From the Bureau of Land Management, Eugene District, Oregon
The Row River Trail runs 15.6 miles along an abandoned rail line from Cottage Grove to Dorena Lake, Culp Creek and the nearby Umpqua National Forest.
Designated in 2005
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The vision for the Row River Trail began in 1992 when a multi-agency/private citizen working group was organized to foster a Rails-to-Trails project for the abandoned Oregon Pacific & Eastern (OP&E) rail line. The OP&E line was owned and operated by the Bohemia Mining Company and utilized to haul ore, logs, supplies and passengers between Disston and Cottage Grove. The Eugene District of the Bureau of Land Management (BLM) acquired 14 miles of the abandoned rail way in 1993 for settlement of a debt from a timber sale default.
The BLM began planning for the rail-trail conversion project with the completion of the Row River Trail Master Plan (1993). In 1998, the BLM officially opened the multiple -use paved trail from the Mosby Creek Covered Bridge to Culp Creek. In 1994, the City of Cottage Grove acquired the remaining three mile segment of the OP&E rail line that extended from Mosby Creek into the historic downtown district.
The Row River Trail is now 15.6 miles and connects the City of Cottage Grove to Dorena Lake, Culp Creek and the nearby Umpqua National Forest. The trail traverses a variety of landscapes that include: urban lands; pasture and farm land; timber lands; Dorena Lake shoreline; and the Row River.
The trail width varies from 8' to 10' and the trail corridor is approximately 135 acres. Lands adjacent to the trail are owned by Weyerhaeuser Timber Company, U.S. Army Corps of Engineers (Dorena Lake), and private land owners. The trail is paved and grade does not exceed 5 percent. Curves along the trail are banked to help bicyclists maintain their balance and allow for proper drainage. The trail and facilities along the trail meet or exceed standards for accessibility.
The Row River Trail provides access to an extensive network of forest trails managed by the Umpqua National Forest, as well as a link to the towns of Cottage Grove, Dorena Lake, and several rural communities in Lane County.
Historical features along the trail include three historic covered bridges: Mosby Creek Bridge (1920), Currin Bridge (1925), and the Dorena Bridge (1949) are all located near or adjacent to the Trail. Other historical features include retrofitting of the existing railway bridges that include Mosby Creek Bridge (1902) and the Row River, Rat Creek, and Teeter Creek bridges (1940s). Additional historical and cultural features include a historic homestead and old movie sets for the popular films "The General," featuring Buster Keaton, and "The Wedding Tree."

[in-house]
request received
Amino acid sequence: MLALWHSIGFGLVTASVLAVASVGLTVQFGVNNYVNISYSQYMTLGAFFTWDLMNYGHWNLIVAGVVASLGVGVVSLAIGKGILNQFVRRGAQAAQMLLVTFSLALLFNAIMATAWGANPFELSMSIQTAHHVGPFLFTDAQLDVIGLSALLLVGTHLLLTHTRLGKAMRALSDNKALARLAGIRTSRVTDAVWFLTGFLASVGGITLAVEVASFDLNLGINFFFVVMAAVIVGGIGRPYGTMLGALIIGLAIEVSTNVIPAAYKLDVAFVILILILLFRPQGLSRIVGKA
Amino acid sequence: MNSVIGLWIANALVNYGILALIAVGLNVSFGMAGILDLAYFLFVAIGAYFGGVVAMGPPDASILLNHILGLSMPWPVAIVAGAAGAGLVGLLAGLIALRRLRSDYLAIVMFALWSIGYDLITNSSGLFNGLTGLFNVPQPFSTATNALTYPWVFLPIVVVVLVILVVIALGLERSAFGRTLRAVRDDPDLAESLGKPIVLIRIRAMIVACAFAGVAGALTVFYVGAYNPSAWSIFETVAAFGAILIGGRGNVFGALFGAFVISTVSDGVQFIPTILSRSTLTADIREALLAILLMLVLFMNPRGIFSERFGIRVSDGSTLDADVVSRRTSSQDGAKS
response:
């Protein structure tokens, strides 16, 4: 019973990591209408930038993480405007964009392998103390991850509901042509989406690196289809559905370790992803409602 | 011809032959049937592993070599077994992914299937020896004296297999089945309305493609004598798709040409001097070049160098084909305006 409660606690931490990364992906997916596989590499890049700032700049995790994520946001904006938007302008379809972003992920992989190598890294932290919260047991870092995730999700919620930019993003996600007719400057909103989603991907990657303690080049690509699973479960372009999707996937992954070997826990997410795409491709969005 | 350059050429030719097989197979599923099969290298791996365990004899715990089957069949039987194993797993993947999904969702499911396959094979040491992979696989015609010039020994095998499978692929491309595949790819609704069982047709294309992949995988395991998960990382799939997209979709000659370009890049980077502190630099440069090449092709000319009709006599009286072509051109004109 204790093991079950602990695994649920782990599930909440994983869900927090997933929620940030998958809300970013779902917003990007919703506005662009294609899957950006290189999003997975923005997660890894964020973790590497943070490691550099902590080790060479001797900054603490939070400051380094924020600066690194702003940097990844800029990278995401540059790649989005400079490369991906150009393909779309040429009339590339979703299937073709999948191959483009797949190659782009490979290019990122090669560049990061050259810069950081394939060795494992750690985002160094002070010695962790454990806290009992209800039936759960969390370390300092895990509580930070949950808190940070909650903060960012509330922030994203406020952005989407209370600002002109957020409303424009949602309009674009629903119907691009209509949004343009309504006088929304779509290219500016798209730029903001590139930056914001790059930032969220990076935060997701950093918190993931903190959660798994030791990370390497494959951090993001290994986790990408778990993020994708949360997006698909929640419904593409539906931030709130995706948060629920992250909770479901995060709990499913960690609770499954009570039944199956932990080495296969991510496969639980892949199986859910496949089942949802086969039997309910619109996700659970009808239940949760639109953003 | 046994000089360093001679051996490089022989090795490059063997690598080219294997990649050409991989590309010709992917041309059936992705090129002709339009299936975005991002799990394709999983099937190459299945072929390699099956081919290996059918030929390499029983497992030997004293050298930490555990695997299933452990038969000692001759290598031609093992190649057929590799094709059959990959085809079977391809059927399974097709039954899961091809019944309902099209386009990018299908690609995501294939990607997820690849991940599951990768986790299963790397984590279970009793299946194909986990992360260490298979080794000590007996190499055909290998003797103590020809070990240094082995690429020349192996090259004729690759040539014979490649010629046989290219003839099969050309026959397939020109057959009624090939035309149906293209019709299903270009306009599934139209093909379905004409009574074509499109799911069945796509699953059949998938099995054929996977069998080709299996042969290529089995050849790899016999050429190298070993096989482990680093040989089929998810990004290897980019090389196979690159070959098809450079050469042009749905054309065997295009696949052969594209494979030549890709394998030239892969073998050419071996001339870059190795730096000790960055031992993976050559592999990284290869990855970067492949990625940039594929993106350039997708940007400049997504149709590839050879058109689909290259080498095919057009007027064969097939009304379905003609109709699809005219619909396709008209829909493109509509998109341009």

The management of the Row River Trail is a coordinated effort between BLM, the City of Cottage Grove, and other federal and state agencies, nonprofit organizations and businesses in Cottage Grove. In addition, the U.S. Army Corps of Engineers, Umpqua National Forest, Oregon Department of Parks and Recreation, Lane County Parks, Cottage Grove Chamber of Commerce, and the Cottage Grove Economic Business Improvement District Board all actively support and endorse the Row River Trail.
The BLM and the City of Cottage Grove signed a formal Memorandum of Understanding in 2004 for the ongoing maintenance and support of further development of the Row River Trail. The BLM and the City have also actively solicited support from volunteers for donated materials and labor that have been used for the development, maintenance and improvement of the Row River Trail.
The City and BLM plan to work jointly with a local contractor to construct parking facilities and other improvements for the Trailhead Park in downtown Cottage Grove. This facility will serve as the gateway to the downtown historic district. The City, Lions Club and other volunteers have offered to donate 400 hours of labor and equipment towards the construction of facilities for Trailhead Park. A gazebo, park benches, benches, bicycle rack, trash receptacles, and trees and shrubs for landscaping will be donated by the City and community groups. City staff will also donate labor to install the benches, bicycle rack, trash receptacles, water fountain, and landscaping. Volunteers also help with trail maintenance activities.
The trail attracts an estimated 100,000 visitors annually and the majority of these visits are from Cottage Grove and the surrounding rural communities of Lane County. The trail is a keystone project that has helped with the economic recovery of Cottage Grove, Culp Creek, Oakridge and surrounding rural communities in Lane County. It is promoted as a regional and national attraction and has helped the City successfully make the transition from a timber-based economy to a diversified economy which includes a recreation and tourism base resource.
It is anticipated that use will continue to increase in the future as the population of Cottage Grove and Lane County continues to grow. Tourism is increasing in Lane County and the Cottage Grove Chamber of Commerce and other local businesses actively promote the trail as a destination for outdoor recreation for bicycling, hiking, running, horseback riding, in-line skating, and other trail uses.
The close proximity of the trail to a large urban population has had a positive impact on community development, downtown visitation and local retail sales. Because of the significance of the outdoor recreation attractions and other amenities within the City of Cottage Grove, the City received the distinguished "All American City" award in 2004.